(Continued from page 345)
You write: Also i don't mind discussions with anyone, but your words are rather extreme to be calling someone a fool, when you may just as much, one be yourself, i personally don't let these things bother me, but if you were to talk to someone else like that, it may cause a very nasty or unpleasent situation ( recall the fruit of the spirit......)
Well, i have my own opinions, i'm freely entitled to them by the grace of God, i also choose by the fruit of the spirit to be ready for discussion but not arguing on an unpleasent scale, to be kind and loving ( peaceful) etc. How about you?
TCE: We didn't actually call you a 'fool', but warned against being 'foolish' or letting others 'fool' you! There is a difference. Even the most intelligent people, and those who should have been led by the Spirit, have shown themselves capable of being 'fooled' (e.g the apostle Peter in Galatians 2). We do not intend to insult you and are perfectly happy to allow your words to simply speak for themselves, but you should be aware that you haven't demonstrated us to be wrong in even one tiny detail so far. You should also consider the words of the inspired writers in the New Testament, which we have detailed.
We have already commented on your viewpoint that everyone is 'freely entitled to their own opinions' and you will have an impossible task trying to prove that the God of the Bible allows you 'the grace' to hold your own opinions about everything. Try fitting this idea into the Book of Job, for instance - you will see that God did not care for the opinions expressed by this small group of men and Job, who repented of his vain opinions, is the only one commended (Job 42:5-10):
5 I [Job] have heard of thee by the hearing of the ear: but now mine eye seeth thee. 6 Wherefore I abhor myself, and repent in dust and ashes. 7 And it was so, that after the LORD had spoken these words unto Job, the LORD said to Eliphaz the Temanite, My wrath is kindled against thee, and against thy two friends: for ye have not spoken of me the thing that is right, as my servant Job hath. 8 Therefore take unto you now seven bullocks and seven rams, and go to my servant Job, and offer up for yourselves a burnt offering; and my servant Job shall pray for you: for him will I accept: lest I deal with you after your folly, in that ye have not spoken of me the thing which is right, like my servant Job. 9 So Eliphaz the Temanite and Bildad the Shuhite and Zophar the Naamathite went, and did according as the LORD commanded them: the LORD also accepted Job. 10 And the LORD turned the captivity of Job, when he prayed for his friends: also the LORD gave Job twice as much as he had before.
26th April, 2005 - Sent 9 minutes after the second mail
Also wanted to mention that there isn't a distinction in bible text as far as i am aware, that a prophet isn't a priest as well, as for the privilege of the holy ghost in the old testament was for prophets, but one in order to become a prophet was in general a male priest, if not a priest in any way that we are made aware through texts, someone whom God had chosen by his judgement. After all how many people are aware if Moses went to the toilet & had lunch after washing his hands when he left the burning bush?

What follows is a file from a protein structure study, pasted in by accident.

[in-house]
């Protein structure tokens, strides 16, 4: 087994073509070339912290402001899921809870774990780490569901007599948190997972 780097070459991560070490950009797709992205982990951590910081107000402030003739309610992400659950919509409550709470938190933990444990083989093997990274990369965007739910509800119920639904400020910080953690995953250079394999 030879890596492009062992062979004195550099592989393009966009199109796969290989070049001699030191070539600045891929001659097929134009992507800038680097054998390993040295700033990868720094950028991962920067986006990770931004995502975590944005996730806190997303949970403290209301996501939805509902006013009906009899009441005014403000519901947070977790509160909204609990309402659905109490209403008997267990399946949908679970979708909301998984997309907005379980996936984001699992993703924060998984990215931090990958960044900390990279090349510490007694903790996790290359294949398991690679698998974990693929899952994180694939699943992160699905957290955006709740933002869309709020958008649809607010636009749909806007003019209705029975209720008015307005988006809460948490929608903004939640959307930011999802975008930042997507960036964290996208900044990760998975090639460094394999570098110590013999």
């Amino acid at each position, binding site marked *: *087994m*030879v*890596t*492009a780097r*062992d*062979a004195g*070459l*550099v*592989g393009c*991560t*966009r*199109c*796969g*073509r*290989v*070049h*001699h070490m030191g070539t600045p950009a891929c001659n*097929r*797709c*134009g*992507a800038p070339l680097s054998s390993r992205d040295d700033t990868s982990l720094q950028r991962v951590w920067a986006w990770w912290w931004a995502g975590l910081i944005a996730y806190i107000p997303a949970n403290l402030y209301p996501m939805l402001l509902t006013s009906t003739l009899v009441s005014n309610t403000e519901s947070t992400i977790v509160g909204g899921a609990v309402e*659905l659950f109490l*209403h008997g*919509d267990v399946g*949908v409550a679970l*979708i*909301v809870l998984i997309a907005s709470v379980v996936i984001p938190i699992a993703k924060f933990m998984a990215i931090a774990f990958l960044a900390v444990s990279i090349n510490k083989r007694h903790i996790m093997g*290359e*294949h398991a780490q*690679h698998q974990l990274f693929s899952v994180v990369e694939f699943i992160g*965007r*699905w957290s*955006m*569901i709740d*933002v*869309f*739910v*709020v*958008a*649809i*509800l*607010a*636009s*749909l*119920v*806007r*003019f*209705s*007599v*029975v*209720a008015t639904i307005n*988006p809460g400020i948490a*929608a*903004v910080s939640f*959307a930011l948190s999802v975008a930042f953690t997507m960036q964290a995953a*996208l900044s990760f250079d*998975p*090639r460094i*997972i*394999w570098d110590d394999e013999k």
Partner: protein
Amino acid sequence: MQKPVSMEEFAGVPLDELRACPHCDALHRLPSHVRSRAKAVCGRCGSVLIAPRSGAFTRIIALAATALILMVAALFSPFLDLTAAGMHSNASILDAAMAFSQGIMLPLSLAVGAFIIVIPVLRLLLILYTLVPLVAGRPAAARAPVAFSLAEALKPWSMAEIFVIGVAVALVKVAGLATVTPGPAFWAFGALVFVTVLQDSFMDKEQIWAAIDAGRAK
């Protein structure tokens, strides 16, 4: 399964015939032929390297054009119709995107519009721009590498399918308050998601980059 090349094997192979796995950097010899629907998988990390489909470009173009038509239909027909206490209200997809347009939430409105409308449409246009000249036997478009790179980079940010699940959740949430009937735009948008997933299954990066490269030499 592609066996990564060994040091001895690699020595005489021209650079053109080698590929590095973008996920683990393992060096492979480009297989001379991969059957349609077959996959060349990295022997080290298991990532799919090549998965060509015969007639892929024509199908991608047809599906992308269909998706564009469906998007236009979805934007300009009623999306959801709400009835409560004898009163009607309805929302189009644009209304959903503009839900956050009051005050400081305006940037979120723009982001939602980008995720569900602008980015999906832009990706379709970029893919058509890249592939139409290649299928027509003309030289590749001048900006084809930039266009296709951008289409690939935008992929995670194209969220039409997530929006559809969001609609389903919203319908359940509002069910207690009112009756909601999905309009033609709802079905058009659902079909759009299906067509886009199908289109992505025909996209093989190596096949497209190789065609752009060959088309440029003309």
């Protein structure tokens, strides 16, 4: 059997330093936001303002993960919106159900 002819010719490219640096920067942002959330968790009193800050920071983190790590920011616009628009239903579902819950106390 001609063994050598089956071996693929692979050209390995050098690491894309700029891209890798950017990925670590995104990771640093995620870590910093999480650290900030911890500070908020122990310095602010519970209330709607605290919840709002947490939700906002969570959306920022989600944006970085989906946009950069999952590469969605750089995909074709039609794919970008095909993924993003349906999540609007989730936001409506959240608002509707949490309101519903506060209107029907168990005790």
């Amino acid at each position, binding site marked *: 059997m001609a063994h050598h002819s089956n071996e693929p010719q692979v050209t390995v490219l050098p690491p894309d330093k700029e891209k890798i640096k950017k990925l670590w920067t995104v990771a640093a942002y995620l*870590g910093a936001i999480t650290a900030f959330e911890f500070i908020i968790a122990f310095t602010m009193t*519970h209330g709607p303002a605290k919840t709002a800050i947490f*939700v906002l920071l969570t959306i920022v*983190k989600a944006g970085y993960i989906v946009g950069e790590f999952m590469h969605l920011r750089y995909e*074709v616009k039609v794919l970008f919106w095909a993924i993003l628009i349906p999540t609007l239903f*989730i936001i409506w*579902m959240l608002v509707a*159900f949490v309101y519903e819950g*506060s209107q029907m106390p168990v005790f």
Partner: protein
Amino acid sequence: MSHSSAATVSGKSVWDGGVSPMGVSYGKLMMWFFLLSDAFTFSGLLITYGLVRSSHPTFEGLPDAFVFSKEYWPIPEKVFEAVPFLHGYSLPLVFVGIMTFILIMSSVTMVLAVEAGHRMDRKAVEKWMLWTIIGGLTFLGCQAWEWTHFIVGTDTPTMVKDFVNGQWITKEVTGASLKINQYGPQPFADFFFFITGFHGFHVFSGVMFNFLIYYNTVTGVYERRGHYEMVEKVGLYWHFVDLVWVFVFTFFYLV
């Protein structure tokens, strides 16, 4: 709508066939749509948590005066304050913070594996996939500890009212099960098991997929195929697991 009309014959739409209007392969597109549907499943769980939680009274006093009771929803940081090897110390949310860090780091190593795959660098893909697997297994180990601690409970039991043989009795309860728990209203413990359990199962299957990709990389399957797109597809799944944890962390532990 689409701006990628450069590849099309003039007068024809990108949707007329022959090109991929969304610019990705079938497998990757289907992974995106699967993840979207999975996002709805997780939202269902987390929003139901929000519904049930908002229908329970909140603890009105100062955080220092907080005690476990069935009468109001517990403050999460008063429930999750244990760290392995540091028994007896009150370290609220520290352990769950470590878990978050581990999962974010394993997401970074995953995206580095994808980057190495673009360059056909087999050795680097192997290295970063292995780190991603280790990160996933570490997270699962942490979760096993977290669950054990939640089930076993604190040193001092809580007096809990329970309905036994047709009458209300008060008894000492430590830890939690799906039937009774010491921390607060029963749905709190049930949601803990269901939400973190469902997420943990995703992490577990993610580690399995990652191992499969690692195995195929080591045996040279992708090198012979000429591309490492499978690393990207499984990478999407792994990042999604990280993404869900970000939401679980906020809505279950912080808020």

I am also a Wiccan now, that's how i know the fruit of the spirit is the same described in the Bible's Galatians.
27th April, 2005
I see that in Isaiah 29: 1-24
29:4 And thou shalt be brought down.................
( This bit interesting......and thy speech shall be low out of the dust, and thy voice shall be, AS OF ONE THAT HATH A FAMILIAR SPIRIT, OUT OF THE GROUND,............)
The words say AS OF ONE THAT HATH A FAMILIAR SPIRIT......Not that it does have a familiar spirit.
I do study some psychology, in this we have to read exactly what someone is saying, in order to get a clear picture.
I study some psychology as i am qualifying as a criminologist, we have to figure & match things through facts & words of persons in order to catch liars, murderers etc out & explain the real picture. By the way, i've had some police training, also i was able to figure out a case on the words someone used, AND I'M GOOD! AT IT.
25th May, 2005 - TCE reply (continued)Mormon invention when challenged
Mormon bluster when caught out!
You write: (in your third e-mail) ... Also wanted to mention that there isn't a distinction in bible text as far as i am aware, that a prophet isn't a priest as well, as for the privilege of the holy ghost in the old testament was for prophets, but one in order to become a prophet was in general a male priest, if not a priest in any way that we are made aware through texts, someone whom God had chosen by his judgement. After all how many people are aware if Moses went to the toilet & had lunch after washing his hands when he left the burning bush?
TCE: Again, you are being presumptuous in order to try and prove that 'a prophet' used the Urim and Thummim! You need to find a text that states that a 'prophet and priest' used the Urim and Thummim. Since such a text does not exist you are simply following in the footsteps of your spiritual mentor, Joseph Smith, in making it up as you go along - and being caught out again! People from many walks of life were prophets or prophetesses, and some were also priests (cf. Exodus 7:1; 15:20), but this does not help your case at all since none are described as using the Urim and Thummim!
The confused nature of your sentence construction speaks volumes and your naive reference to Moses is easily quashed by noting the obvious - the Bible obviously does not answer every question concerning trivial things of life for, if it did, there would not be room for its volumes in the libraries of the world. Remember the words the inspired writer, John, spoke concerning Christ Jesus (John 21:25):
And there are also many other things which Jesus did, the which, if they should be written every one, I suppose that even the world itself could not contain the books that should be written. Amen.
If you put a little more thought into your e-mails you won't be caught out so easily.